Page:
Maximizing damages and settlements – Lesson 4
Excerpted from How Insurance Companies Settle Cases by David Frangiamore
Sample letter and analysis
You should write to the home office or president of the insurance company only when you have been ignored by the local claims department. State your position. You have been ignored!
Enclose a list of the dates when you phoned the claims representative without a response and send copies of correspondence which requested a response.
Always solicit cooperation and assistance and always state a reasonable time limit for response.
Correspondence sent to the president or the home office should be registered or certified mail.
A well-documented letter should produce a response within three working days.
Sample: Letter to the Home Office of Insurance Company
Mel Practice, Esquire
123 Hope Lane
Brick Wall Insurance Co.
Mr. Donald Madd, V.P. Claims
1001 Buck Stops Drive, Suite 1150
Hartford, CT 02133
Re: Your Insured: John Unlucky
Your Claim No: X321
Your Policy No: 33221100
Date of Accident: January 1, 20__
Accident Location: Lost, USA
My Client: Bob Dollar
My File No: CX 1244
Dear Mr. Madd:
Your insurance company representative, Mr. Carl Help, (Phone # (206) 555-1212) has made promises to pay some of my client’s emergency expenses, but has not honored his word, nor your insurance company’s word, to date.
I have sent letters to your claims representative on Jan. 15, 20__; Feb. 3, 20__, and Feb. 27, 20__. All of these letters have gone unanswered. Enclosed are copies of all my letters to your company’s representative.
Additionally, I have left phone messages with Mr. Help’s secretary, Linda Blue, on Jan. 12, 20__, Feb. 1, 20__ and Feb. 20, 22, 26, 20__. All of my phone messages have gone unanswered.
If your policy holder ignored three letters and five messages regarding premiums due your insurance company, would you cancel that insured’s policy? Unfortunately, my client, the claimant, can’t cancel your insurance company.
As you can see from my enclosed letters, my client is about to lose his job, and can’t get badly needed medical attention because of your insured’s reckless driving behavior.
Your current advertising spots on the radio and TV promise that you treat the public as a good friend and the public is in your good hands. Your conduct (or lack thereof) is not good evidence of being well-handled or friendly.
My client just wants his car replaced, some temporary transportation, an advance so he can pay his rent and eat. All of these expenses have, to date, been promised by your company representative, Mr. Help. Additionally, Mr. Help has promised an advance so Mr. Dollar can seek medical help so he can get well. Mr. Dollar has no money. Your company has strung Mr. Dollar out to his last penny.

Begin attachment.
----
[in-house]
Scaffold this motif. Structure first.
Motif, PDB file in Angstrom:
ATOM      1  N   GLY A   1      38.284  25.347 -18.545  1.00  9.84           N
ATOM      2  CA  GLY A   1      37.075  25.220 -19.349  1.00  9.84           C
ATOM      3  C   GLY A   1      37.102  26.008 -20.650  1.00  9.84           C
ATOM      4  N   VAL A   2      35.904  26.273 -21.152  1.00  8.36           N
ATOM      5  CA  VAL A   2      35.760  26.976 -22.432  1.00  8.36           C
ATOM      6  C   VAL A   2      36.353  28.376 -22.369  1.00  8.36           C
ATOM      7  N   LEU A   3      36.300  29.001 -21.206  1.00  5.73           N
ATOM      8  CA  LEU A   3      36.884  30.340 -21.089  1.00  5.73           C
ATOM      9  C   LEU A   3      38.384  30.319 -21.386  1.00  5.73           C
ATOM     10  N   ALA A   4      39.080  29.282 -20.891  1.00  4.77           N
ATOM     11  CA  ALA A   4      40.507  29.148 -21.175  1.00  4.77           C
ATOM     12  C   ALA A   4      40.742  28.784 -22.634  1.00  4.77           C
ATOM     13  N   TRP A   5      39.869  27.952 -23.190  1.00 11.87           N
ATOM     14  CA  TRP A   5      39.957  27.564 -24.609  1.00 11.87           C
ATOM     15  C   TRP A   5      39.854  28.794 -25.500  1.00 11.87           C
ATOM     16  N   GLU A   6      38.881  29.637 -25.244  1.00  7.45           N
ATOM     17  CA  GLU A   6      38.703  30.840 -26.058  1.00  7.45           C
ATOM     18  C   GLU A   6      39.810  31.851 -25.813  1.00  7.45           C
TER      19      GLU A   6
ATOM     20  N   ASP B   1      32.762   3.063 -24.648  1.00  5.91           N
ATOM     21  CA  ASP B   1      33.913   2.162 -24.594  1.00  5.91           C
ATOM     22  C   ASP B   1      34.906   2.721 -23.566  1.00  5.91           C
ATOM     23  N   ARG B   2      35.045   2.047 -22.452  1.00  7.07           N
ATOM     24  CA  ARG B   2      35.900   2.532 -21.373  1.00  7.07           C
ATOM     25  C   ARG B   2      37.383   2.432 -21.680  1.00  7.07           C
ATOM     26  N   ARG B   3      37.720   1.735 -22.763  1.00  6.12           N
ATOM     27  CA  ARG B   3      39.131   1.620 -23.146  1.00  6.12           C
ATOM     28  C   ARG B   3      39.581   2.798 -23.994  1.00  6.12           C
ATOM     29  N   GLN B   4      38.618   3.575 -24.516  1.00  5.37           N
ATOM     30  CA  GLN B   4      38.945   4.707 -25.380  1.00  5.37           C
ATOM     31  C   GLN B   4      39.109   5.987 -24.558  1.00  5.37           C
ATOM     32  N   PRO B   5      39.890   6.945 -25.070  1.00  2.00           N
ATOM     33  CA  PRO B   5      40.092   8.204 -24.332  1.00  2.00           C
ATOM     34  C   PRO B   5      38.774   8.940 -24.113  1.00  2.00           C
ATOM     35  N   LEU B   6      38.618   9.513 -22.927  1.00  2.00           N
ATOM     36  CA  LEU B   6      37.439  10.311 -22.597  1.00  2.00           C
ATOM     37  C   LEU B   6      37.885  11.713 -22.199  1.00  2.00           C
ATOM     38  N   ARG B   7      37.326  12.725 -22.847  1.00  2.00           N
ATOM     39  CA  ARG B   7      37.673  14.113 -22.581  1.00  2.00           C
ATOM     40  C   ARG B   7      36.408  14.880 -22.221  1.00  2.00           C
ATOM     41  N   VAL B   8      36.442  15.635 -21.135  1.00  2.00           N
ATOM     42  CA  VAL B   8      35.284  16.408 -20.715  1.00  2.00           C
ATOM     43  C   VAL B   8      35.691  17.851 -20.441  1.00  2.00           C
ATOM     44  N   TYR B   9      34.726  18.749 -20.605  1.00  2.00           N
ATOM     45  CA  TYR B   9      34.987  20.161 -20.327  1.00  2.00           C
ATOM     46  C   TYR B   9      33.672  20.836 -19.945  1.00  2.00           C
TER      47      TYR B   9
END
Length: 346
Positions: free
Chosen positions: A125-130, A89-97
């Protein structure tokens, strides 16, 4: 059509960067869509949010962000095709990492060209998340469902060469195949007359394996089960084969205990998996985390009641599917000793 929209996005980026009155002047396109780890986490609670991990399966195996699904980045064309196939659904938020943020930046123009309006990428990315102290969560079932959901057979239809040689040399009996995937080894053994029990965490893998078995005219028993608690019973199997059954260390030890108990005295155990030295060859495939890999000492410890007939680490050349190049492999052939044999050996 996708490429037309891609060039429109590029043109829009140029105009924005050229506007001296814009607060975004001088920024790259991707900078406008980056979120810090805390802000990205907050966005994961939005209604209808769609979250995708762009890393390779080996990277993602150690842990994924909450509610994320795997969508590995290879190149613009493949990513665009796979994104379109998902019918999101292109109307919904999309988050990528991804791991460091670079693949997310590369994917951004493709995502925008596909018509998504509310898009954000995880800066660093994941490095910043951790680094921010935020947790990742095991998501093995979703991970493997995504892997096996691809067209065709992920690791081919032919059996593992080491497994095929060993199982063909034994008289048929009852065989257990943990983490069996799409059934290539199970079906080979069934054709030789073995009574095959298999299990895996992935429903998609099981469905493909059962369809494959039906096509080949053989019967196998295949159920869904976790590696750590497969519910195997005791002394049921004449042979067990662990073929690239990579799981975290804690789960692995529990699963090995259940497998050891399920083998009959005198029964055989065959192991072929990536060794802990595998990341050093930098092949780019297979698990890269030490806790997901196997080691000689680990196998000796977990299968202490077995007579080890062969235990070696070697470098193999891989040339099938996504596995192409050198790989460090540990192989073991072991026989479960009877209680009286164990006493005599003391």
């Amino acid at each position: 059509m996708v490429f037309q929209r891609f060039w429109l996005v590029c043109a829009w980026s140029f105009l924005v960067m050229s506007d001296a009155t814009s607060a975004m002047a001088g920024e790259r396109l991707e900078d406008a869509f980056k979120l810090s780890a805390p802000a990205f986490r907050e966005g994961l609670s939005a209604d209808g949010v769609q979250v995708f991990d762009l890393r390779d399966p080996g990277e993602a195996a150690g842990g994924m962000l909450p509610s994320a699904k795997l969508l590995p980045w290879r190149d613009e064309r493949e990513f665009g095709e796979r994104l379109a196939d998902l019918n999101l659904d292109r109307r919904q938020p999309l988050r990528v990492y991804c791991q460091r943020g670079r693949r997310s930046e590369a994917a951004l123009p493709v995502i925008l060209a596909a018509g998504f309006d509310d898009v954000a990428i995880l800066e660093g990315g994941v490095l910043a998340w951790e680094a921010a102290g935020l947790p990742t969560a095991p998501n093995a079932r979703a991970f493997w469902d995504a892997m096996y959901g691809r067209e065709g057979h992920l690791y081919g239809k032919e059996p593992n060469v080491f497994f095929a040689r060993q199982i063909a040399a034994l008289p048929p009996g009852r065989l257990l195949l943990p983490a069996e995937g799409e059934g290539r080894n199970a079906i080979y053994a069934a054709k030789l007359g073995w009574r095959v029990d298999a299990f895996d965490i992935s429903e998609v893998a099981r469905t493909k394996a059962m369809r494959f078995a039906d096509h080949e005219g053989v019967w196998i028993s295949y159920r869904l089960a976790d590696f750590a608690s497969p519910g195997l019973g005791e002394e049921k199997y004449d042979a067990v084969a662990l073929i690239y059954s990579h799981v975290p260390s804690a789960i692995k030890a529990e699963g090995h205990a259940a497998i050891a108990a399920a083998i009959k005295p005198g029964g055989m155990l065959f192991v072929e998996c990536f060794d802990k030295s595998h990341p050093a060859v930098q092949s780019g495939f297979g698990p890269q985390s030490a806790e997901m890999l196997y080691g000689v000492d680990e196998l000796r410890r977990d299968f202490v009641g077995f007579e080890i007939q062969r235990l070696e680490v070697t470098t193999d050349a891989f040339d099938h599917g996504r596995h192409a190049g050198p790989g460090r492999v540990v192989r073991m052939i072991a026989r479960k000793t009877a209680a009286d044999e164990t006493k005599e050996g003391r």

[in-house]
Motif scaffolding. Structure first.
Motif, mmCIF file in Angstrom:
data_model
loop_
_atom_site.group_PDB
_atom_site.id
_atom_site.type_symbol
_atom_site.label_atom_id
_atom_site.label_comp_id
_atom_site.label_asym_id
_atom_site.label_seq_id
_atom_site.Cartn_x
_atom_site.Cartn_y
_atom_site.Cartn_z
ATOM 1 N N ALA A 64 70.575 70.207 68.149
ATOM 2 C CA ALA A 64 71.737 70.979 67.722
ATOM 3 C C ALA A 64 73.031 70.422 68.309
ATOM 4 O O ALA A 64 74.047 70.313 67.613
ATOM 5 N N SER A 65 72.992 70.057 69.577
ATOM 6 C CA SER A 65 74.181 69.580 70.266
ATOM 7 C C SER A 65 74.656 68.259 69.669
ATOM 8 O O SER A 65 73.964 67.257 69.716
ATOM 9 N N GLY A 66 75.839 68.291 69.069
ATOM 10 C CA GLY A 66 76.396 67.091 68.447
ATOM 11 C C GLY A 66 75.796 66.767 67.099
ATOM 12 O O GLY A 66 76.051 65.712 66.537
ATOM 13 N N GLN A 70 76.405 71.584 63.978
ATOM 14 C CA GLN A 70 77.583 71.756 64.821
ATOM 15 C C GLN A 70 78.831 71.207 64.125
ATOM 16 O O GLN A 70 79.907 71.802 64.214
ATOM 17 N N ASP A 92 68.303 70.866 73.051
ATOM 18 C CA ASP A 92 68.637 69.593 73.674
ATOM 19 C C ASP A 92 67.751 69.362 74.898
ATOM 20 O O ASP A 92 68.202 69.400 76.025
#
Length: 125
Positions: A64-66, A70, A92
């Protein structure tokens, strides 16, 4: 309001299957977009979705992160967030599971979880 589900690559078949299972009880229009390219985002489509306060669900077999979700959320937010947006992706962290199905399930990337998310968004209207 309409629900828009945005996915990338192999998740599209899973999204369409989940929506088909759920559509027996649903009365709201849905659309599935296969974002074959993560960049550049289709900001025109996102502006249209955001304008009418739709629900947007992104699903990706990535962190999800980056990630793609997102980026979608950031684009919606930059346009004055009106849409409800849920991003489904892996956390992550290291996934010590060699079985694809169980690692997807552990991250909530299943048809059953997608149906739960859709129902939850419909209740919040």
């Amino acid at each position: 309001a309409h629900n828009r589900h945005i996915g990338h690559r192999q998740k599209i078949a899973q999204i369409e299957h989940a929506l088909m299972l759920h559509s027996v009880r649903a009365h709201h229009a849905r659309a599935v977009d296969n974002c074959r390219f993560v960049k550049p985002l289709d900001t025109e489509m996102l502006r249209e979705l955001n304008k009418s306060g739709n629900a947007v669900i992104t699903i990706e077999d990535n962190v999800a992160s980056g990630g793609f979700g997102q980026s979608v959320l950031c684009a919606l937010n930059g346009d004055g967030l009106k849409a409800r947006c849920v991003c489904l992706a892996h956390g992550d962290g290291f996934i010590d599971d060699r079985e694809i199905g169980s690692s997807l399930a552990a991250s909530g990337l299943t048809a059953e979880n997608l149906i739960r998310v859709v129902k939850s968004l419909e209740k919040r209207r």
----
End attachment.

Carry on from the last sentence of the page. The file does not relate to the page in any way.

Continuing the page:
But for your insured’s careless driving, and more important, your company representative’s breached promises, my client would not be losing the enjoyment of life that he enjoyed before the accident with your insured, Mr. Unlucky.
Please call your adjuster, Mr. Help, and ask him to issue the drafts he has promised for the past two months.
How would you feel if you had no money for rent, no job, no medical treatment and no car? Place yourself in Mr. Dollar’s shoes for five minutes.
One way or the other, please take care of these injustices today. A simple phone call to Mr. Help should solve this problem.
Very truly yours,
Attorney at Law
Insurance Commissioner’s Office
This letter is designed to remove all possible excuses that “Home Office” could come up with in order not to solve Mr. Dollar’s problem today. Note that the attorney gave Home Office the adjuster’s phone number in the first sentence of the letter. Also, the letter enclosed copies of all the attorney’s letters to the adjuster for the months of Jan. and Feb. This is “hard” evidence that the adjuster is in deep trouble. There is rarely an excuse for ignoring anyone for two months.
More important, the attorney’s letter explains the devastating consequences of the adjuster’s ignoring the attorney’s phone calls, letters and the claimant’s (Mr. Dollar) problems.
Last, the letter applies the “YOU” standard. E.g., How would you feel if you were down-and-out with no job, no money, no car, etc.?
The above advice came from…
How to Negotiate with Insurance Companies
Speed the processing of your claims and reduce your frustration with insurance companies. How Insurance Companies Settle Cases will teach you:
Insurance company settlement techniques to watch out for
Aspects of claims frequently questioned by insurance companies
Insurance policy defenses and coverage issues
How to communicate with insurance companies
Duties owed by insurance companies
How to deal effectively with adjusters
How insurance companies process claims
Adjusters’ most popular negotiating techniques
How reserves and indexing systems work
What insurance companies look for in their investigations
How insurance companies seek to limit coverage